Tag Archives: camping

Off to the captivating Costa Rica and through the jungle by zipline.

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Driving towards the coast

We spent our first week in Costa Rica hunting for the best beaches, little did we know that the first beach we found would be the best and our favorite.  Pro-tip: Look for Hotel Playa Conchal just southwest of Playa Brasilito, drive down the beach access road until it ends and opens up in a beautiful cove.  The drive to beach was anything but dull right off the highway.  The road turned into a rugged dirt route quickly and here is where we met our first of many river crossings.  We would let the dinky cabs pass us first before diving the van into the river, all went well.

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Our first camp-spot in Costa Rica

We showed up here late Sunday afternoon which is a noob-move and we knew that.   The beach was packed until sunset, after the sun sets it completely empties for the week.  We pull up to the beach careful not to hit the soft sand and then we dug in.  As soon as we woke up the next morning we slid the sidedoor open to the water and we have the beach to ourselves.  This van has a room with a view like none other.

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Playa Conchal.  Pura Vida

My favorite moment here that sticks out in my mind is probably our third day on the beach.  Christian and I split the day by staying in the shade under our awning or dipping in the bay for a swim to cool off.  Off in the distance we see a family of four kayaking right towards us from the other side of this bay.  The mom approaches us under the awning and asks us “how much are ya’ll renting four-wheelers for?”  Christian replies very nicely “Mmm I am not sure how much they are but I think you can rent them down the beach at the hotel.”  Lovely mother of two replies “Ugh, so you’re what are doing then, just sitting here?”  She was damn right, we were just sitting and soaking up this kick-ass place while not doing a thing.  She thought quite highly of us thinking that we were running a four-wheel tour company out of our van though.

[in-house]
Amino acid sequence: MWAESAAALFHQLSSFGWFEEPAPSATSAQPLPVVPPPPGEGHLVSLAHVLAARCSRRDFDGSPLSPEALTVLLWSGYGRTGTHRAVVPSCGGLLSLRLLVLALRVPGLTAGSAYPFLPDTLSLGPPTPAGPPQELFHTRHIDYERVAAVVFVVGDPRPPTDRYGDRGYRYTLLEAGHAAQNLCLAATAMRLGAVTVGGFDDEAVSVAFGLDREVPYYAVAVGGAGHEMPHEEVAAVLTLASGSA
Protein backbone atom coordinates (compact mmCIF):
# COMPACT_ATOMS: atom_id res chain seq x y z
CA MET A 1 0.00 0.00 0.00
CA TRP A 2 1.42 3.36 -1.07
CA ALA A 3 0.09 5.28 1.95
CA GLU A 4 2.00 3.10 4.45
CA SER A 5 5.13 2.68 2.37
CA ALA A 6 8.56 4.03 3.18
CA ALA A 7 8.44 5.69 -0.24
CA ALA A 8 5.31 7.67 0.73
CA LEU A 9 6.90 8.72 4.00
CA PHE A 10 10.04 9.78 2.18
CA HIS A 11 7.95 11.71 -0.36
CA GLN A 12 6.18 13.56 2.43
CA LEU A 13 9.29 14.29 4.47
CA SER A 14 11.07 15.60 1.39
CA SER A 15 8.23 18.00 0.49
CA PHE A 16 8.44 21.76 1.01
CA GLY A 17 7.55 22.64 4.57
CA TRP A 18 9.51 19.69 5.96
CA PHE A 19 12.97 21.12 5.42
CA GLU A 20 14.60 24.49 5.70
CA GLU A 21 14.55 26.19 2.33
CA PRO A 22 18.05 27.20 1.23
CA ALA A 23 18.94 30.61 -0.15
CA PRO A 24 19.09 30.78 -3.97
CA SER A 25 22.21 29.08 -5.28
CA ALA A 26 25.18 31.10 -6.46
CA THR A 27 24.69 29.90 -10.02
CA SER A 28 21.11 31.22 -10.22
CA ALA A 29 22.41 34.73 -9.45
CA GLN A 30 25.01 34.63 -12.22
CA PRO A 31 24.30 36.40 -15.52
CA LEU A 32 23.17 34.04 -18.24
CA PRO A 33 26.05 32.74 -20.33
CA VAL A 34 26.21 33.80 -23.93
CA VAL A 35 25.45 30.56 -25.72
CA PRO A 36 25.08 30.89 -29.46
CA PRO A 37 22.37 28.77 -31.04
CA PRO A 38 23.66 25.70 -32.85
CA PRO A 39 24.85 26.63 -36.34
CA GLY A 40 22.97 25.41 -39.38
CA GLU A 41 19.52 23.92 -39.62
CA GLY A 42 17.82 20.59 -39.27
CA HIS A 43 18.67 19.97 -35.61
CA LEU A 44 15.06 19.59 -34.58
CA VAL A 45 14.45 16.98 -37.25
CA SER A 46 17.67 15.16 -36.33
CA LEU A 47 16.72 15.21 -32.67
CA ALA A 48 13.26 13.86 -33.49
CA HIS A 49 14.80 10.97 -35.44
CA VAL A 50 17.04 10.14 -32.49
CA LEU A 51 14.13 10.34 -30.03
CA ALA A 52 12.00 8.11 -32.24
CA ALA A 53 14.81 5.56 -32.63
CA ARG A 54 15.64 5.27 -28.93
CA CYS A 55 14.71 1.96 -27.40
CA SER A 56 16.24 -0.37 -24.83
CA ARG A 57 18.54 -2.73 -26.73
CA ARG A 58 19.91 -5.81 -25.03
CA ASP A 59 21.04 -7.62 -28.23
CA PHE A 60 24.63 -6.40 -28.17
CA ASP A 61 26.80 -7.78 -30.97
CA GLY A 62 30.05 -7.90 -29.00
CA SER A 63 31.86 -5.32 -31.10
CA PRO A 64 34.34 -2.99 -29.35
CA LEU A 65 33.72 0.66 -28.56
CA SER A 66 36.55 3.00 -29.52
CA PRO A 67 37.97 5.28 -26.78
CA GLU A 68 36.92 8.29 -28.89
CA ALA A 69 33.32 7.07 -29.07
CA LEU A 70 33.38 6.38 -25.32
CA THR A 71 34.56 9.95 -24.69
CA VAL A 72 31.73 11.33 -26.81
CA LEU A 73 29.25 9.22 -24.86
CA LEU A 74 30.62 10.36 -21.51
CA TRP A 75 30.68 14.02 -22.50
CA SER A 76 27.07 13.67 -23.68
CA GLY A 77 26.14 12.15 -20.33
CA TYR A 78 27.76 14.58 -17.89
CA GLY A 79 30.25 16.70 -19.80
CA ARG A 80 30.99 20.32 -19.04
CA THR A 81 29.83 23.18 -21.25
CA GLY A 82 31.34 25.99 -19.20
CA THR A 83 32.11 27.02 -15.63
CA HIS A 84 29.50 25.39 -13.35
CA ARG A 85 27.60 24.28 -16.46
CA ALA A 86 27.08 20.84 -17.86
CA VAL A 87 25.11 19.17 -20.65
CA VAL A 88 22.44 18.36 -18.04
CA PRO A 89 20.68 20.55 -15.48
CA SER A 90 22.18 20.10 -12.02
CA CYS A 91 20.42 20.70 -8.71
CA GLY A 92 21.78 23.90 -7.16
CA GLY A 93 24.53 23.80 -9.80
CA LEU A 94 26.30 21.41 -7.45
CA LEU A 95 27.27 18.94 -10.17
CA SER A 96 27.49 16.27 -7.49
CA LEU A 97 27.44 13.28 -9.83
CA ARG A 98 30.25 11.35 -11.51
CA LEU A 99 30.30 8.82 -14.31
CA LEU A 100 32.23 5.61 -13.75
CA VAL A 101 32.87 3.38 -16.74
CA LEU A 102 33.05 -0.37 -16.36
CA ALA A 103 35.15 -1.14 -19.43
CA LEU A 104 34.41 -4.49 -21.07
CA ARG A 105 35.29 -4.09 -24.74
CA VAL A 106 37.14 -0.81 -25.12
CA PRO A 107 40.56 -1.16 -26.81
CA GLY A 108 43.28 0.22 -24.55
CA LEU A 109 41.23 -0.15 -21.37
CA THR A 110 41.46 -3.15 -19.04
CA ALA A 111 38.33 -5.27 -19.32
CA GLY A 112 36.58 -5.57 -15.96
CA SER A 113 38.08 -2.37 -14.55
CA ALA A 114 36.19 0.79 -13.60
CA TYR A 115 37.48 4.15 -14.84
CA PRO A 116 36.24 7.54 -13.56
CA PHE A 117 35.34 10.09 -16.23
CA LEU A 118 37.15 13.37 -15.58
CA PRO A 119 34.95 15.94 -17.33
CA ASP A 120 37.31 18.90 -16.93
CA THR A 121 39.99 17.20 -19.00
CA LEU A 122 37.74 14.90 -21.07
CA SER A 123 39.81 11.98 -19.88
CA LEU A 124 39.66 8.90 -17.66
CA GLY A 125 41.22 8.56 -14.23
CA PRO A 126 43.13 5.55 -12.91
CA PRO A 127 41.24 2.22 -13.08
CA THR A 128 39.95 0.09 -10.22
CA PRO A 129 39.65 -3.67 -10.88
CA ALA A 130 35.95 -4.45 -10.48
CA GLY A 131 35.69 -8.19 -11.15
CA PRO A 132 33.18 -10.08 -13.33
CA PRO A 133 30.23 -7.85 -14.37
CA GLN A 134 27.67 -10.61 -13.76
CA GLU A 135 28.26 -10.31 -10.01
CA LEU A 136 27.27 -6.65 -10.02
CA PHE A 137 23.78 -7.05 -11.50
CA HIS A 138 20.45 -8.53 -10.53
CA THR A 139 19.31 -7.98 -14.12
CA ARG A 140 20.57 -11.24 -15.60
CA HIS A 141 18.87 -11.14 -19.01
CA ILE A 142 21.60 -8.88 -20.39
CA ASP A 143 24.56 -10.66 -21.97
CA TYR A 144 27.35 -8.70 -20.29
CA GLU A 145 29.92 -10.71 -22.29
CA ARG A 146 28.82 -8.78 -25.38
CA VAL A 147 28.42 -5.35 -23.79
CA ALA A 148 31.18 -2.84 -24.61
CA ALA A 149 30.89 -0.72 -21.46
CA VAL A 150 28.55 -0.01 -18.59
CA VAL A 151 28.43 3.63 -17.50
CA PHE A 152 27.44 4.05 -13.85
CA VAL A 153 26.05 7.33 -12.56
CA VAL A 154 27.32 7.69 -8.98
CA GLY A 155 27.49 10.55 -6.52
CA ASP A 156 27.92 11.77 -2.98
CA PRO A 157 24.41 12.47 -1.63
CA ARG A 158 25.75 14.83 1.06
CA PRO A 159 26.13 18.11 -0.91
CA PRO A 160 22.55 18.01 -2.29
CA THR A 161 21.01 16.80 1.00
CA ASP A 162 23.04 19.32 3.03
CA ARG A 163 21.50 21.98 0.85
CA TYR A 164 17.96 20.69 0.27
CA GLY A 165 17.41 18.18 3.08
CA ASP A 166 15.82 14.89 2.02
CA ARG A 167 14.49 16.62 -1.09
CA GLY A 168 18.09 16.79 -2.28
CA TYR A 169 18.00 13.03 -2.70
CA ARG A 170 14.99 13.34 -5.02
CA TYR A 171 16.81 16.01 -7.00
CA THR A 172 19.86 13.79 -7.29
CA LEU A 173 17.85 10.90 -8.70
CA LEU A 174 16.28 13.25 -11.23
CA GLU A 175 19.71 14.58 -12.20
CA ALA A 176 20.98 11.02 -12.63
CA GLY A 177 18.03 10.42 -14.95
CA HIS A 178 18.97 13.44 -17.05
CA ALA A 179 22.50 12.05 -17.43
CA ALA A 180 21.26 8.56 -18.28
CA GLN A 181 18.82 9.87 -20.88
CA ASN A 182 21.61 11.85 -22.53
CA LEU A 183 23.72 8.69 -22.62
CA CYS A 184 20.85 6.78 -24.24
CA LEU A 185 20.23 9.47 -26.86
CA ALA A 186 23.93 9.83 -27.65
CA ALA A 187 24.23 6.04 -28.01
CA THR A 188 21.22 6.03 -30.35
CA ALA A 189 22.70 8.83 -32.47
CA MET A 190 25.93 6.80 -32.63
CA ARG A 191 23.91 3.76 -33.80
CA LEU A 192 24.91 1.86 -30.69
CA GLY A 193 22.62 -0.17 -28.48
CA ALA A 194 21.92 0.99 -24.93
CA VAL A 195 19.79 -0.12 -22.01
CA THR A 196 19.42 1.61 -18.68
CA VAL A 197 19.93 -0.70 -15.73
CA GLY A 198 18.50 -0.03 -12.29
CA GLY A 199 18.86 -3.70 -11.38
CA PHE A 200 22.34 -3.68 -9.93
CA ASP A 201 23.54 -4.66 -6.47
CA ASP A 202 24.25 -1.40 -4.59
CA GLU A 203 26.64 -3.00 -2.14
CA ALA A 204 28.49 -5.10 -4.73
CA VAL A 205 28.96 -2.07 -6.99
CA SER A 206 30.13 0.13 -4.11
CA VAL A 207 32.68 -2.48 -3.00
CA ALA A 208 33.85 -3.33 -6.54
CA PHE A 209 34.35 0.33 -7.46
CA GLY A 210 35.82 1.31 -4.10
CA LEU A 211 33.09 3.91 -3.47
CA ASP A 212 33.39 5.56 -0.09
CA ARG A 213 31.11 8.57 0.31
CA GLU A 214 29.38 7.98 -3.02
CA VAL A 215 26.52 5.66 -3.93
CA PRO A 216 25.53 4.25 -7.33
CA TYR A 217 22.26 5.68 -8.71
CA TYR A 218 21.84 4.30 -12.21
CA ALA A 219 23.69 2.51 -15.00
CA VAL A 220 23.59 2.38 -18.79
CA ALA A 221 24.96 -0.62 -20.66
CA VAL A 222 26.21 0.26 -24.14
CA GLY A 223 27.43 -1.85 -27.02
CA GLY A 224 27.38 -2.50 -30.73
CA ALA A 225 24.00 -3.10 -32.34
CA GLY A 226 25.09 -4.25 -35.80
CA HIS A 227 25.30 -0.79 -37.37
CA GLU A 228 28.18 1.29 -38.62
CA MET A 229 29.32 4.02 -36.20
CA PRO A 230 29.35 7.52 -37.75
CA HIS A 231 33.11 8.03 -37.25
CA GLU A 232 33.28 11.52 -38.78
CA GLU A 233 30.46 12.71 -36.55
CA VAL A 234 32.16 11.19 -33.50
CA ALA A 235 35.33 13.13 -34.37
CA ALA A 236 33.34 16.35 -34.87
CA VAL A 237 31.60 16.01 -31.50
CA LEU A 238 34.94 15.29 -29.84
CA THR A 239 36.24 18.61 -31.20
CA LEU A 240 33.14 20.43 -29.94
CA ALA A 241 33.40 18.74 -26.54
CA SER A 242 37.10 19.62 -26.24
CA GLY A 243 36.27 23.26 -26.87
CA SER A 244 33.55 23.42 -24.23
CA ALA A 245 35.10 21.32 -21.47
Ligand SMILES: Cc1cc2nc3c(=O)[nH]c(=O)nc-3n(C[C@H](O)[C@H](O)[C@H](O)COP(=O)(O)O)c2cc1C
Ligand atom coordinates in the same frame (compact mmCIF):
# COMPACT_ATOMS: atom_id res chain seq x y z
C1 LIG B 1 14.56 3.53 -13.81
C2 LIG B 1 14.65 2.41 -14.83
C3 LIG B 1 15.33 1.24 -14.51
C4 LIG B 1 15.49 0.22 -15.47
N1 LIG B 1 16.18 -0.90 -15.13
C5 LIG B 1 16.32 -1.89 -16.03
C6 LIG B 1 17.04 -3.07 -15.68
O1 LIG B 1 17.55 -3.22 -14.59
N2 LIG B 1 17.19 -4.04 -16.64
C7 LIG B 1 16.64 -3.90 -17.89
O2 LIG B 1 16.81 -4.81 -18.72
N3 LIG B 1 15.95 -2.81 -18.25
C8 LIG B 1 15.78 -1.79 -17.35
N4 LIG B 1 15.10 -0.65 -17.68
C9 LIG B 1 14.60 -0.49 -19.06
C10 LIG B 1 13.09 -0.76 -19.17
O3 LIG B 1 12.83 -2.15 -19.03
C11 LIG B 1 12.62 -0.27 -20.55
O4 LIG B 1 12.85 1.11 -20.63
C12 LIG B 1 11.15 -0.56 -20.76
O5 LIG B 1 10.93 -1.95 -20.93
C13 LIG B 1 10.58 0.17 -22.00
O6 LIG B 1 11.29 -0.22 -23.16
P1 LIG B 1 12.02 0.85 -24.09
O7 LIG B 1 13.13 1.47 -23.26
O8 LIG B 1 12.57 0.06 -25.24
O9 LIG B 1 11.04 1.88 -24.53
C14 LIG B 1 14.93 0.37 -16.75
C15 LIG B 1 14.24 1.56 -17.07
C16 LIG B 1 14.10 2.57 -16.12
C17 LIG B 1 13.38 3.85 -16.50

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This place is free
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Let’s never leave
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We found this awesome waterfall on the side of the road

Our drives through this country were Christian’s favorite part of Costa Rica, pull over anywhere and you are guaranteed to see at least a waterfall.

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Driving through Costa Rica

MonteVerde National Park, Costa Rica

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I was feeling brave and excited when we arrived to Monte Verde, Costa Rica.   On our PanAmerican-Highway Trip Bucket List is another box I was ready to check off, zip-lining above the Rainforest.

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Christian in the first part of the mile-series lines
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Superman over the jungle for a mile

I am a nervous wreck when it comes to heights, I get dizzy standing on a chair or using a short ladder.  I can’t even watch someone cliff-dive on TV without getting butterflies.  Zip-lining over the tree-tops is way beyond pushing my comfort zone.  Honestly I loved this, it was dreadfully marvelous.